Music Fans Given Psyence Lesson

Momentum Continues To Build For Psyence As Local Venue Sells Out

Bethan Shuff || Leah Hamer || July 26th

Psyence always give their crowd a party. Credit: Mark Vyse

Psyence always give their crowd a party. Credit: Mark Vyse

Kez Liddle took to the stage of The Underground with only her sleek, black guitar by her side. A healthy sized crowd had gathered considering that it was Kez’s first proper gig. Her first couple of tracks were sung with a sort of childhood innocence and angelic voice, but track 3 hit me like a train. An effortless finger picking technique was followed by deep, rustic vocals that blew me away and made my jaw drop, literally; such a mature and dynamic voice for a girl so young at 17. Her songs told tales of falling in love, ‘don’t tell me there’s plenty more fish in the sea, I fall in love too easily’, simple but incredibly catchy lyrics – the gig was Friday; it’s now Tuesday and this line is still circling my brain over and over.

Behind the scenes, Arcadia have really been upping their game. They opened their set with a fun and hectic intro that glided into Tropic; a track they’d written the previous night together at Riff Factory. It’s a real summery track, even more so than Realisation and The Shore; it has that proper beach party vibe and Jake Ferchal’s licks just make you want to dance and Seb’s smooth psychedelic synth adds a cool and unusual undertone to the track. Since their last gig all together in Birmingham, the lads have really grown into themselves and found their sound as they’ve explored their abilities and adapted their tracks. If they rerecorded their debut EP, it wouldn’t even sound like the same songs anymore; they’ve managed to transform it completely. Highlights of the set included Transparency, ’95 and another heavier track that they, again, wrote last minute at Riff Factory the night before the gig, entitled Waste. Jake Ward has really pushed his vocals to the limit in this one and released his inner Kurt Cobain with his lyrics. James’ roaring drums accentuate the aggression behind the track whilst Sam’s gritty riffs and Seb’s bass lines flow through the chaos. Unfortunately, that was Sam Fieldhouse’s final gig with Arcadia; what a way to end the era.

Bass player Jamie Bellingham. Credit: Mark Vyse

Bass player Jamie Bellingham. Credit: Mark Vyse

I was once told a theory that when you have a song in your head, if you listen to it once, it will never go away. So as I.K.Y.K.I.K played in my mind as I stepped into the car, stepped out of the car, walked up to The Underground, brought a beer, and in the intervals in-between Kez and Arcadia, I eagerly anticipated Thieves Asylum’s performance. As individuals, each personality comes alive on stage- Joe is the confident and cool frontman, Alex is in a riff induced trance, James is eyeing up the crowd and thriving off their energy and Dan is lost in a hazy vortex of flying sticks and arms. Together they are slick and clean on every track, ever the professionals. Even when the crowd got rowdy, they didn’t flinch- the moshers could have gotten up on stage with the boys and they still would not have made any mistakes. Making errors is not in their nature…And you know what, I.K.Y.K.I.K is still in my head, perhaps it is the exception to the theory.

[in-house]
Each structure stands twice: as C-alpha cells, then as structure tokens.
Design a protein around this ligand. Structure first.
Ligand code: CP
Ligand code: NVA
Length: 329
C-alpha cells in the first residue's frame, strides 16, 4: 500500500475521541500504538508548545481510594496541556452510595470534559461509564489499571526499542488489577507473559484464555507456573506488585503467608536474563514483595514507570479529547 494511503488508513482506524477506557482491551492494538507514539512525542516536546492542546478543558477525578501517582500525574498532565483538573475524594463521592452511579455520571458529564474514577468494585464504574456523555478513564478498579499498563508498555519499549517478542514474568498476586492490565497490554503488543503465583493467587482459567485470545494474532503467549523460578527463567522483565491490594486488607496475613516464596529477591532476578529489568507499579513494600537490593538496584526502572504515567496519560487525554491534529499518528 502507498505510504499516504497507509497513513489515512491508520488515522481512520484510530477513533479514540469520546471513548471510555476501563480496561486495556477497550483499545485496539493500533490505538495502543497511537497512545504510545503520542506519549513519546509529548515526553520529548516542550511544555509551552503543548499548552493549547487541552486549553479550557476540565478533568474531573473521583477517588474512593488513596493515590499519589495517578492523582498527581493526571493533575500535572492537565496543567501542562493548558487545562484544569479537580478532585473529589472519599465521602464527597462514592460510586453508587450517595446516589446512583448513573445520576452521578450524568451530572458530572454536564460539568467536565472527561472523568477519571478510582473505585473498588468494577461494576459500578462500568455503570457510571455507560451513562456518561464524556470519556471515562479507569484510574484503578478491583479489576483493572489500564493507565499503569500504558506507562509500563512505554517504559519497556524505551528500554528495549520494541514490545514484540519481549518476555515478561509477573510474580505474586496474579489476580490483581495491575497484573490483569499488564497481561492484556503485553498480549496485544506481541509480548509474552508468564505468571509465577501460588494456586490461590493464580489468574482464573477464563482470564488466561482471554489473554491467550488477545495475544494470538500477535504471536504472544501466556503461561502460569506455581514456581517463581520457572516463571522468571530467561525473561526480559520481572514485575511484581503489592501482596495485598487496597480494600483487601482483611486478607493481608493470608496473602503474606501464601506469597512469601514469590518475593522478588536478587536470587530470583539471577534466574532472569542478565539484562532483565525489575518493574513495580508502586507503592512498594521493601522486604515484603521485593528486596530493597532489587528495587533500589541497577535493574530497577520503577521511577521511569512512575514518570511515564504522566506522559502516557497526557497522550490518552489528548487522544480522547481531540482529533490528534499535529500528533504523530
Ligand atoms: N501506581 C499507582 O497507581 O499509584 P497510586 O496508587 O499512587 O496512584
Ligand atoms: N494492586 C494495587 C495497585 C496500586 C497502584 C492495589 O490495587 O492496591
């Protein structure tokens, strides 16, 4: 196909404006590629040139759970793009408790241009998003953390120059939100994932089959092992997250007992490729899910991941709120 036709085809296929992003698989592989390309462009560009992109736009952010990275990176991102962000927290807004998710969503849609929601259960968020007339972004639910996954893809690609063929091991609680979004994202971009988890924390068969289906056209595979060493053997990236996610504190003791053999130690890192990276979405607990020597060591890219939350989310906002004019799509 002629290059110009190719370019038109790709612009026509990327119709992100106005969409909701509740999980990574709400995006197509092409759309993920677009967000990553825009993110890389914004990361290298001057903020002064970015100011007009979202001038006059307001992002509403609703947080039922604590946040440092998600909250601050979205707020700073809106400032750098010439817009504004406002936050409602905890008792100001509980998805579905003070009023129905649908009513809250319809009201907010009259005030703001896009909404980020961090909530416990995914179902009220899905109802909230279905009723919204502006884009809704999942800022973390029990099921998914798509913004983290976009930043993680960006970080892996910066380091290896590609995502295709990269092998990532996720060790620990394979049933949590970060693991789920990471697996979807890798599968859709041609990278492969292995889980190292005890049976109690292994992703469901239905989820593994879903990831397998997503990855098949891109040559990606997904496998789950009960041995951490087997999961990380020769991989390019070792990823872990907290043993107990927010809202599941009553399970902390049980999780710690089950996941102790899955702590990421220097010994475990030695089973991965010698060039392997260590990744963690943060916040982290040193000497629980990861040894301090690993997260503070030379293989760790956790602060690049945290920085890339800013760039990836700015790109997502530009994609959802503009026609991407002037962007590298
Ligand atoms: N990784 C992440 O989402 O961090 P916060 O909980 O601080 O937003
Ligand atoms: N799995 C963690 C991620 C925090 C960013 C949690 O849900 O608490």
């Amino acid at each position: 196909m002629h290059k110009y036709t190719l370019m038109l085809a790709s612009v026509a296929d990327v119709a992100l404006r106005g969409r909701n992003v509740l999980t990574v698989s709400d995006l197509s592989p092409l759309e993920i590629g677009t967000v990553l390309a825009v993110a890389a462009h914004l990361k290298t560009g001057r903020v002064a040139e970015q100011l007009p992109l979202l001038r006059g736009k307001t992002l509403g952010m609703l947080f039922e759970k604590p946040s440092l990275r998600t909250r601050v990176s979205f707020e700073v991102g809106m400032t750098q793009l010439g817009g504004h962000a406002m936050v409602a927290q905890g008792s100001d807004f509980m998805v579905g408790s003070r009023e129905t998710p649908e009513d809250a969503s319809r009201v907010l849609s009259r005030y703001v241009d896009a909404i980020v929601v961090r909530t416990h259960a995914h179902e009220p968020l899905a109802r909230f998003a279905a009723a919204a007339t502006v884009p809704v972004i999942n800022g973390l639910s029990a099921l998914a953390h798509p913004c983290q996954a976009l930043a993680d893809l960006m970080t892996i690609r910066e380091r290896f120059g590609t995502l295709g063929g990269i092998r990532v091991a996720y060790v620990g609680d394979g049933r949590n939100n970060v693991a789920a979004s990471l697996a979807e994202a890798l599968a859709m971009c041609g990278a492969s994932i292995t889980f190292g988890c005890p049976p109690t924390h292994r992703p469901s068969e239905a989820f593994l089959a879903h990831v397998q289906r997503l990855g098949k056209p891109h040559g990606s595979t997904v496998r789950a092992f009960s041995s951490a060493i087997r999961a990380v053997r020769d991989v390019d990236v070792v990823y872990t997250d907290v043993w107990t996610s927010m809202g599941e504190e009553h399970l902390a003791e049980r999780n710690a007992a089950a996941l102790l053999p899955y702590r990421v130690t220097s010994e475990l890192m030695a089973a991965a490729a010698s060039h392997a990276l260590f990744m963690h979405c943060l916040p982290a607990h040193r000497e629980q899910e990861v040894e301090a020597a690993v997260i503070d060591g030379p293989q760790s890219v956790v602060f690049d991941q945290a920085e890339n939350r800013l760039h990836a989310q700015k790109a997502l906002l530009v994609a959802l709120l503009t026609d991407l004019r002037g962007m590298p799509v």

Lead snider and guitarist Stephen Pye. Credit: Mark Vyse

Lead snider and guitarist Stephen Pye. Credit: Mark Vyse

Deja Vega were a slight surprise for me, mainly because I misread their name as ‘DJ Vega’, and so when I spied three lads with guitars and a drum kit on stage instead of one guy with a deck and headphones, I was somewhat confused, and grateful. Within seconds it became clear why Deja Vega were on the bill for the evening- rambling guitar solos, gory bass lines, experimental screeches and waves with the soundboards- this was pure psychedelic, alt-rock drama. For the first few minutes, I questioned whether or not there was a vocalist in this trio or whether this would be an entirely instrumental set. Lyrics soon kicked in after some death-defying solo work, but strangely, they weren’t necessary. The talent of Deja Vega shone during these incredible intros and bridges- it was in these moments that the threesome showed their technical prowess.

Credit: Mark Vyse

Credit: Mark Vyse

In the underwater opium den Psyence took to the stage above the crowd of familiar faces. Psyence have a demanding presence regardless of what environment they are in, but when surrounded by Nepalese wall hangings and flashing lights- it illuminates their character and sound even more. Stephen Pye, Jamie Bellingham, Ben Nixon, Joe Walsh- these men are wise and caring crafters of music- they know how to mould a lyric and perfect a beat with imagination and creativity. Fresh out of the studio after recording their debut album with Sam Bloor, it is clear that all four of them were itching to return to the dirty grime of the stage floor once again. Sweat pours from them as they sacrifice their bodies to the performance, their dark riffs and popping synth spurring on the crowd to mosh and dance wildly. It was not a safe environment for claustrophobics, in order to enjoy this band- you have to endure some suffocation and bruising. Psyence are adored, not only for their glorious face melting tunes, but for their overwhelming love and support for our local music scene. This was made clear when they invited Alex Grocock to the stage for Chemicals For Breakfast- an exquisite collaboration of stupidly talented artists.